One small study of women with hirsutism found that acupuncture markedly reduced both hair density and hair length and significantly reduced their levels of the male sex hormone testosterone (a type of androgen). This study is promising, but further research will be required to determine whether greater numbers of women with hirsutism would benefit from acupuncture and what causes of hirsutism respond best to acupuncture.

Other Considerations
Warnings and Precautions

Certain herbs and dietary supplements may boost androgen levels thereby promoting hirsutism. They should therefore be avoided by those with the condition. These include:

  • Dehydroepiandrosterone (DHEA)
  • Pregnenolone
  • Licorice root (Glycyrrhiza glabra)

  • Medications that alter androgen levels should generally not be taken during pregnancy; a physician can provide guidance and appropriate medical care.
  • Hair growth may increase during the third trimester, especially on the face, extremities, and breasts. This hair growth is considered normal and is not a sign of hirsutism.

Prognosis and Complications

If the underlying cause of hirsutism can be identified and treated, the symptoms of hirsutism may be effectively controlled. Long-term medication, when appropriate, will slow hair growth, but it generally won't eliminate existing hair patterns on the face and body. There are some cosmetic therapies that can reduce the appearance of excessive hair growth. Counseling with a trained professional may also be helpful for women who experience psychological stress as a result of their hair growth.

Supporting Research

Awang DV. Maternal use of ginseng and neonatal androgenization [letter]. JAMA. 1991;265(14):1828.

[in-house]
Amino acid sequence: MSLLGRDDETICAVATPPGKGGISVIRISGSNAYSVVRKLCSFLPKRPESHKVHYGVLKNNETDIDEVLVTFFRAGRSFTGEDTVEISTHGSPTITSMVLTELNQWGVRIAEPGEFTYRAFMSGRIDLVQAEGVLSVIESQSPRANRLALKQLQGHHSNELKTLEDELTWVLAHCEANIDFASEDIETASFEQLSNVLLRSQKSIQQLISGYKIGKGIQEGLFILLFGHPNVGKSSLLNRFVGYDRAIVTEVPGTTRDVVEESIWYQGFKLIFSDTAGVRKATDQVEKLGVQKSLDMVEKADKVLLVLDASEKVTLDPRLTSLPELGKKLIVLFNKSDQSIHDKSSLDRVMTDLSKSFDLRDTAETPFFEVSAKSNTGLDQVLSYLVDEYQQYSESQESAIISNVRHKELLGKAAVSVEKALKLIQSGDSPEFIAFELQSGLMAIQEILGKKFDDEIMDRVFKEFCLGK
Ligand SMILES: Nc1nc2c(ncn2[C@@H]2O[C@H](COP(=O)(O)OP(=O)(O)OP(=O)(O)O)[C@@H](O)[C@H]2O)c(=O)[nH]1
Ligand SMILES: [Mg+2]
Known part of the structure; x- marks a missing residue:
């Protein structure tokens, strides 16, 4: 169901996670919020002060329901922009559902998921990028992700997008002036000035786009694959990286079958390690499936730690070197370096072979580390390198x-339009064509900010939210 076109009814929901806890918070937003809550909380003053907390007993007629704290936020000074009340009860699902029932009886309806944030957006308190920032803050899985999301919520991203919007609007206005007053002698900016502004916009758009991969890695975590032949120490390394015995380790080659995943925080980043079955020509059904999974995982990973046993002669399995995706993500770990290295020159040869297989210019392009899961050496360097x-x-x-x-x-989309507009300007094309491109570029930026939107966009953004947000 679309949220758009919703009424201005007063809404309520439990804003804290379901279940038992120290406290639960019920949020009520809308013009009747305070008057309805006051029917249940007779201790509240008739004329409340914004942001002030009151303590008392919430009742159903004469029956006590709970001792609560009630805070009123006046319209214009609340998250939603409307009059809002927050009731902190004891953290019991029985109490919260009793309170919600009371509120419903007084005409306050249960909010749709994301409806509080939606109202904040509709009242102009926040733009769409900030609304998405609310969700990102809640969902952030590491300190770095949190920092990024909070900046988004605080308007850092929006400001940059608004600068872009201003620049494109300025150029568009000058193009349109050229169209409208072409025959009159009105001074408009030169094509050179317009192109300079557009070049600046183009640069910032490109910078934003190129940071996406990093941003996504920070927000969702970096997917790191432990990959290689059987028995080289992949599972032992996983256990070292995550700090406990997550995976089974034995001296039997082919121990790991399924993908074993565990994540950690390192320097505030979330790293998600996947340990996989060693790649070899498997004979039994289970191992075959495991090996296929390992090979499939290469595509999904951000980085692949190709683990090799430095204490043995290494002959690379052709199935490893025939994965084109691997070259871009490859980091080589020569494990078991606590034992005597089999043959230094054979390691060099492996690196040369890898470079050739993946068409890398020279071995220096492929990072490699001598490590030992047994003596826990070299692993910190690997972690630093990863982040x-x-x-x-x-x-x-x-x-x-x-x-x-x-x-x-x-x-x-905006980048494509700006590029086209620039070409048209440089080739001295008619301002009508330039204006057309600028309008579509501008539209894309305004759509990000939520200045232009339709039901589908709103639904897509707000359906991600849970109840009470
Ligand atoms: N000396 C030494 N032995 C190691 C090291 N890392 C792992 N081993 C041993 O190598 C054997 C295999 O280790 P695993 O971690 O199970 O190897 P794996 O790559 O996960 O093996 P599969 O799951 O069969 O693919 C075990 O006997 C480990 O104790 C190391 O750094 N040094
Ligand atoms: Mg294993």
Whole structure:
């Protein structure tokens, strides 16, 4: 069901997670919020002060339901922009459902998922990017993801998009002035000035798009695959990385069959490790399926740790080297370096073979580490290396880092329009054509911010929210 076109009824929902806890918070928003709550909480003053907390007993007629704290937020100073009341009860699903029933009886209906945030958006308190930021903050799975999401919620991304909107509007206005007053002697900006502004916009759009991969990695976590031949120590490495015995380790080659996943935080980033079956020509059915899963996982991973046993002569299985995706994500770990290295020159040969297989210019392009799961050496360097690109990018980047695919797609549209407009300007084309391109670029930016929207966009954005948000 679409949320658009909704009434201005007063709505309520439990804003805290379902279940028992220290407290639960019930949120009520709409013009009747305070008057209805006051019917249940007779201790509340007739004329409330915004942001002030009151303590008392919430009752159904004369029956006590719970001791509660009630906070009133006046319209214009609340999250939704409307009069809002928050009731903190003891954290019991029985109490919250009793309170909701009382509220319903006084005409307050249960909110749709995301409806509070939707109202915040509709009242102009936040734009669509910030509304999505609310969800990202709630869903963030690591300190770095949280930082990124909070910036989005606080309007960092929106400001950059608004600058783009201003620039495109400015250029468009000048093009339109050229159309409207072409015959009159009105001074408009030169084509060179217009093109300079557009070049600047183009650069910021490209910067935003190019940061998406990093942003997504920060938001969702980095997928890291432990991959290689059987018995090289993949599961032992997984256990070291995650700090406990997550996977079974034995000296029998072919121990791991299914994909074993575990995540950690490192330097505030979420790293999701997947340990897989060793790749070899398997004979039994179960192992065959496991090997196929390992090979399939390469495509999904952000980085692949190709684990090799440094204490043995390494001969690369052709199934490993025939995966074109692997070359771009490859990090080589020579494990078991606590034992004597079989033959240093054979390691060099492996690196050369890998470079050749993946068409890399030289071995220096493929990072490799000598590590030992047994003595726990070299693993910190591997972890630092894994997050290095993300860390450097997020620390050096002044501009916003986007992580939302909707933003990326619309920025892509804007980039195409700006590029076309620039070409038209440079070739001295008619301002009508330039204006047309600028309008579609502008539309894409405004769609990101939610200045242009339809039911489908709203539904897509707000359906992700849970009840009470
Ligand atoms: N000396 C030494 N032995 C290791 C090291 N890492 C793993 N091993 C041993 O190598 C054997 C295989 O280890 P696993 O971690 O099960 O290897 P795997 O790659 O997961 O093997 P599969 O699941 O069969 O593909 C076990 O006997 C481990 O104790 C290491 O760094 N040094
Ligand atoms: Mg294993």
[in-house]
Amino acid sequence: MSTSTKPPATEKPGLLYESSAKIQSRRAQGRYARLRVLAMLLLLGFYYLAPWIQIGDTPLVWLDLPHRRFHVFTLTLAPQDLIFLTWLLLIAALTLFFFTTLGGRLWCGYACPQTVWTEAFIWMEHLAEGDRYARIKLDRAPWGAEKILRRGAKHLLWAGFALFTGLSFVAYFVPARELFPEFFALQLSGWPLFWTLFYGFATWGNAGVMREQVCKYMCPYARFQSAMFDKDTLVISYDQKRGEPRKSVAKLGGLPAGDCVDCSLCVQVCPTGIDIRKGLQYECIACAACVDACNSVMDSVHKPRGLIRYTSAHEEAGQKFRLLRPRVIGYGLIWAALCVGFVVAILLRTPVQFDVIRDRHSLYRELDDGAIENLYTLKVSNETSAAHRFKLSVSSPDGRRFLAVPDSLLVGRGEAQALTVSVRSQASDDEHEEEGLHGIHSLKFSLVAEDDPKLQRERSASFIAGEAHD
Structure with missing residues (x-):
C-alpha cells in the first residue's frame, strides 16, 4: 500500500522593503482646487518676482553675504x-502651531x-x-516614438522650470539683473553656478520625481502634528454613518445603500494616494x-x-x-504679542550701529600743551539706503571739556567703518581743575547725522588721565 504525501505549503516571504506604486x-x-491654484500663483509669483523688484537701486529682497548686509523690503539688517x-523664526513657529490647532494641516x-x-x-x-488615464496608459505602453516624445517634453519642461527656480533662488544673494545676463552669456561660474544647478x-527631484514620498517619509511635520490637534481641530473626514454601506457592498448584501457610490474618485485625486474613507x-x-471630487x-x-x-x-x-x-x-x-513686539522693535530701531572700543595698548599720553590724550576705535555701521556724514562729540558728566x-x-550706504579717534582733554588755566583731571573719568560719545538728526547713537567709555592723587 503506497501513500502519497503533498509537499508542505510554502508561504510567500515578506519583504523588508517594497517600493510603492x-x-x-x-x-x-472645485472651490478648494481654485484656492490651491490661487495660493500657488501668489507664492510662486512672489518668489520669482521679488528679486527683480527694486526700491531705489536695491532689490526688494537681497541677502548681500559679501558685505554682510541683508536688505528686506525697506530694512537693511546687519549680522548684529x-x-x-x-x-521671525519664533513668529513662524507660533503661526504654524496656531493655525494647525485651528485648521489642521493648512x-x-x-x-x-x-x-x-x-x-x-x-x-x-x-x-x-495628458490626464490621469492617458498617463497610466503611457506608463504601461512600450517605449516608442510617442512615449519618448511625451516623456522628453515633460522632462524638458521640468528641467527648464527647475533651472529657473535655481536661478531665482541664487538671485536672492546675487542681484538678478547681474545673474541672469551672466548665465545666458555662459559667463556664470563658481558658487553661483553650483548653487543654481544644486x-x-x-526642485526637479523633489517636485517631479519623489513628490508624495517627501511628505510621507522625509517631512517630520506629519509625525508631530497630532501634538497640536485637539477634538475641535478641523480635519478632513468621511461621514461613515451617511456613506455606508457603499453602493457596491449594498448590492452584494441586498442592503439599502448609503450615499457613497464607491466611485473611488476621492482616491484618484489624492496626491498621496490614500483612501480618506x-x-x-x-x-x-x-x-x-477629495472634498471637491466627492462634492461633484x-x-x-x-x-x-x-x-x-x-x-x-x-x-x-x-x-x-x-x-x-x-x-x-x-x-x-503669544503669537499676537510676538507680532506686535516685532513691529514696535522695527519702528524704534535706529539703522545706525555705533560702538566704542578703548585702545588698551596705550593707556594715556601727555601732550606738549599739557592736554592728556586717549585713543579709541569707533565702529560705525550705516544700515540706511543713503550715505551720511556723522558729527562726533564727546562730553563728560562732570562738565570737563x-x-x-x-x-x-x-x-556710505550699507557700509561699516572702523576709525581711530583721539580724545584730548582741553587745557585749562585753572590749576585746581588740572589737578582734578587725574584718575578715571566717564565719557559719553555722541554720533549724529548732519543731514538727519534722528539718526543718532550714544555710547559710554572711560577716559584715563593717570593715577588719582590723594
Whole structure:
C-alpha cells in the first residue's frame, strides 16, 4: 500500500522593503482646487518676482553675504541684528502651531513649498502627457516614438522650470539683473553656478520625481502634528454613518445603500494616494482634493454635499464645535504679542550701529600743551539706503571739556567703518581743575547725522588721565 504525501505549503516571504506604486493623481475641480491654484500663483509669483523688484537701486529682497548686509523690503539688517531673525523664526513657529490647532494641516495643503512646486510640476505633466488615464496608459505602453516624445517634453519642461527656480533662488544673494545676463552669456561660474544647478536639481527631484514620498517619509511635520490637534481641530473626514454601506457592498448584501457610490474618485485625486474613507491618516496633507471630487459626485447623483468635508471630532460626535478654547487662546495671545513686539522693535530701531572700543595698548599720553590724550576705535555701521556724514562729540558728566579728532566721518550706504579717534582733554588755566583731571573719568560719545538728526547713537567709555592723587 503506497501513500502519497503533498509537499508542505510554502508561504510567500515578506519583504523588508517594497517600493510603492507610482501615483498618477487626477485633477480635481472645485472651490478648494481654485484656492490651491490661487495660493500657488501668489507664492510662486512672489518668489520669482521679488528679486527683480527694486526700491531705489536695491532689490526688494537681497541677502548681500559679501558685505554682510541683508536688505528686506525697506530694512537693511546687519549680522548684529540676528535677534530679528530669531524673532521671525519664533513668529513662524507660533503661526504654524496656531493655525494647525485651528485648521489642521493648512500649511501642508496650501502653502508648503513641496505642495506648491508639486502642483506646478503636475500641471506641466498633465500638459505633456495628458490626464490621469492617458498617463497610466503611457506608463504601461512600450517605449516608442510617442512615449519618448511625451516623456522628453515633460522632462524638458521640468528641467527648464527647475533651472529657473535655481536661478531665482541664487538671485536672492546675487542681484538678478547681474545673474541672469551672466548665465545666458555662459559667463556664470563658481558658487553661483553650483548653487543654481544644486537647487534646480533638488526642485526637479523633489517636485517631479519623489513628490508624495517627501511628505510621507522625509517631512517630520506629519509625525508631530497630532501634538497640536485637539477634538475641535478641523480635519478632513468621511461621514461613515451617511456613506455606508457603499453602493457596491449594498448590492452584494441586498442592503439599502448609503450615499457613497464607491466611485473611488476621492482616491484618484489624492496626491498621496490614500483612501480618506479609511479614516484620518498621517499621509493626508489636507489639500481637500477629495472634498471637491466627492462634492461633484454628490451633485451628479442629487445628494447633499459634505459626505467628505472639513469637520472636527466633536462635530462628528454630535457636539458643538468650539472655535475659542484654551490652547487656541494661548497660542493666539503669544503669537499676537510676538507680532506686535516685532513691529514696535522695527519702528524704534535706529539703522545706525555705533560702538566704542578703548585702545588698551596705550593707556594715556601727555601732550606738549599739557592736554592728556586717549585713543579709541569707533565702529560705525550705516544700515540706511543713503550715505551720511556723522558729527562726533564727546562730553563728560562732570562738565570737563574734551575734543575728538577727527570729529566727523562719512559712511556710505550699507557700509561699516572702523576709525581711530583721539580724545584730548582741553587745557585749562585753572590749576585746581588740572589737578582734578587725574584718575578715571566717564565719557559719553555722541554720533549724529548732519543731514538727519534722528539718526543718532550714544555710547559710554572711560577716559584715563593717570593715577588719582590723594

Blumenthal M, ed. The Complete German Commission E Monographs: Therapeutic Guide to Herbal Medicines. Austin, Tex/Boston, Mass: American Botanical Council/Integrative Medicine Communications; 1998:332.

Blumenthal M, Goldberg A, Brinckmann J, eds. Herbal Medicine: Expanded Commission E Monographs. Newton, Mass: Integrative Medicine Communications; 2000:233-239.

Botwood N, Hamilton-Fairley D, Kiddy D, Robinson S, Franks S. Sex hormone-binding globulin and female reproductive function. J Steroid Biochem Mol Biol. 1995;53(1-6):529-531.

Crave JC, Fimbel S, LeJeune H, Cugnardey N, Dechaud H, Pugeat M. Effects of diet and metformin administration on sex hormone-binding globulin, androgens, and insulin in hirsute and obese women. J Clin Endocrinol Metab. 1995;80(7):2057-2062.

Dambro MR, ed. Griffith's 5 Minute Clinical Consult. Baltimore, Md: Lippincott Williams & Wilkins, Inc.; 1999.

Derksen J, Nagesser SK, Meinders AE, Haak HR, van de Velde CJ. Identification of virilizing adrenal tumors in hirsute women. N Engl J Med. 1994;331(15):968-973.

Dierickx C, Alora MB, Dover JS. A clinical overview of hair removal using lasers and light sources. Dermatol Clin. 1999;17(2):357-366.

El-Sheikh MM, Dakkak MR, Saddique A. The effect of Permixon on androgen receptors. Acta Obstet Gynecol Scand. 1988;67(5):397-399.

Fauci AS, Braunwald E, Isselbacher KJ, et al, eds. Harrison's Principles of Internal Medicine. 14th ed. New York, NY: McGraw-Hill; 1998.

Goldman L, Bennett JC, eds. Cecil Textbook of Medicine. 21st ed. Philadelphia, Pa: W.B. Saunders; 2000.

Goroll AH, ed. Primary Care Medicine. 3rd ed. Philadelphia, Pa: Lippincott-Raven Publishers; 1995.